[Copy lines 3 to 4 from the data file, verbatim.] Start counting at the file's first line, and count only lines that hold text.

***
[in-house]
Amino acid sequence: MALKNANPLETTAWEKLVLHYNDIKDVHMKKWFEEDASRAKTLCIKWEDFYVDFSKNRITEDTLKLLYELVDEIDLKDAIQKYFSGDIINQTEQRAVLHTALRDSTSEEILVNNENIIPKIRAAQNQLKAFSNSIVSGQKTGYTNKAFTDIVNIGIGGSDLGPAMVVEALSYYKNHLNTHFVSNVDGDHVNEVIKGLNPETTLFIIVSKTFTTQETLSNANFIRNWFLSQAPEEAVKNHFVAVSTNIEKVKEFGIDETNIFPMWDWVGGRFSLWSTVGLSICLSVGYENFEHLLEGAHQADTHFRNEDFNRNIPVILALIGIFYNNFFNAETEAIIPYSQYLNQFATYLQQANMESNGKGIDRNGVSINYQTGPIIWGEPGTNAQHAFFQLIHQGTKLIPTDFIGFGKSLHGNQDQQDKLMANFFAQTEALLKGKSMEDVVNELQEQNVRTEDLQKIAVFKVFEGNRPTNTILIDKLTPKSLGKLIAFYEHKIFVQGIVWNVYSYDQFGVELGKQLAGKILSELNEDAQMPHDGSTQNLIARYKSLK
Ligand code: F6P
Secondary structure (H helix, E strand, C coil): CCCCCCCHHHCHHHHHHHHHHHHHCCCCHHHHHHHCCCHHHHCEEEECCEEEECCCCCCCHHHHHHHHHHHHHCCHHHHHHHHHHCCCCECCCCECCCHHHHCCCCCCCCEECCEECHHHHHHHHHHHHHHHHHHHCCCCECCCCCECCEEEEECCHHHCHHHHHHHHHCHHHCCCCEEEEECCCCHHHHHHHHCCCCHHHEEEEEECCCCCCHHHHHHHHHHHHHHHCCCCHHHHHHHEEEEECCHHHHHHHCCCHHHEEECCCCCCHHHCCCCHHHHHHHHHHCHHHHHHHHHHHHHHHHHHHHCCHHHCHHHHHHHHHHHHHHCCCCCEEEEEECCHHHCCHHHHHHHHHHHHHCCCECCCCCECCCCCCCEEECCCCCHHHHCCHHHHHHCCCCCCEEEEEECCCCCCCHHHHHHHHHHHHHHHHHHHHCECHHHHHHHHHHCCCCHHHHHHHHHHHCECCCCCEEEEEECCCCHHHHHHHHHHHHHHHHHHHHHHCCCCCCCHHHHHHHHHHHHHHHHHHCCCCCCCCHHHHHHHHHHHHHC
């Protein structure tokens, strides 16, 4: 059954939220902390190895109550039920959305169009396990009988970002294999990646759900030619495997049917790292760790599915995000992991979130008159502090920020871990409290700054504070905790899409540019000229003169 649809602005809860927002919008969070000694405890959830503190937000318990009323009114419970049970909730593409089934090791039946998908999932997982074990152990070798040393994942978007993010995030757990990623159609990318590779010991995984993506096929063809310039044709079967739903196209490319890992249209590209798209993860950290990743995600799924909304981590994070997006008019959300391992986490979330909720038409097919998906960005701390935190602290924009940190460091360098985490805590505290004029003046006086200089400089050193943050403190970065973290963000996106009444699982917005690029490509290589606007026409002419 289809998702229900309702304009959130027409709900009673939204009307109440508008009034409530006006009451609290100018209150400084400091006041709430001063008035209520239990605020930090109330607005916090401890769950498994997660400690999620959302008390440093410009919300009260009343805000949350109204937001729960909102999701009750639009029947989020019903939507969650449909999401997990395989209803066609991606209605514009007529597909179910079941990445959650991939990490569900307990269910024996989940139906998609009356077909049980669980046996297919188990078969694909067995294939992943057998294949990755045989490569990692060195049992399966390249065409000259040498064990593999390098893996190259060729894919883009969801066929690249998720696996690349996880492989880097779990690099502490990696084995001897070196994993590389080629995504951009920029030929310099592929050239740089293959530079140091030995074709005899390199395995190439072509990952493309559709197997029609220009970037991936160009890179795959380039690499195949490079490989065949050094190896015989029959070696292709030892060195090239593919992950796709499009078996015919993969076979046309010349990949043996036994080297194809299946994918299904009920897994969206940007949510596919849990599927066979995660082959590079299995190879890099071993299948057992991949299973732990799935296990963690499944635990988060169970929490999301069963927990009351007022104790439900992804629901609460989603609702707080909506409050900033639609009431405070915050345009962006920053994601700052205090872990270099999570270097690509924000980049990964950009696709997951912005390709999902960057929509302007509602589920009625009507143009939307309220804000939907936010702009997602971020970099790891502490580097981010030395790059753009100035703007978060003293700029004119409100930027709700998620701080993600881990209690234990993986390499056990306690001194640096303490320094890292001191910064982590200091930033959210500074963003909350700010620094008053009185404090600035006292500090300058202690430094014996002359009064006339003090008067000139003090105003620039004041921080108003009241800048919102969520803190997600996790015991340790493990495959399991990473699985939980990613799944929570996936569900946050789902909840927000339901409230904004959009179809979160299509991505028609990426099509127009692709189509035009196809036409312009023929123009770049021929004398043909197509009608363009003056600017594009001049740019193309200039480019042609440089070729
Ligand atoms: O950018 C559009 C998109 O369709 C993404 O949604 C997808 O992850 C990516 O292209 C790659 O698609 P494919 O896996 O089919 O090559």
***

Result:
Ligand code: F6P
Secondary structure (H helix, E strand, C coil): CCCCCCCHHHCHHHHHHHHHHHHHCCCCHHHHHHHCCCHHHHCEEEECCEEEECCCCCCCHHHHHHHHHHHHHCCHHHHHHHHHHCCCCECCCCECCCHHHHCCCCCCCCEECCEECHHHHHHHHHHHHHHHHHHHCCCCECCCCCECCEEEEECCHHHCHHHHHHHHHCHHHCCCCEEEEECCCCHHHHHHHHCCCCHHHEEEEEECCCCCCHHHHHHHHHHHHHHHCCCCHHHHHHHEEEEECCHHHHHHHCCCHHHEEECCCCCCHHHCCCCHHHHHHHHHHCHHHHHHHHHHHHHHHHHHHHCCHHHCHHHHHHHHHHHHHHCCCCCEEEEEECCHHHCCHHHHHHHHHHHHHCCCECCCCCECCCCCCCEEECCCCCHHHHCCHHHHHHCCCCCCEEEEEECCCCCCCHHHHHHHHHHHHHHHHHHHHCECHHHHHHHHHHCCCCHHHHHHHHHHHCECCCCCEEEEEECCCCHHHHHHHHHHHHHHHHHHHHHHCCCCCCCHHHHHHHHHHHHHHHHHHCCCCCCCCHHHHHHHHHHHHHC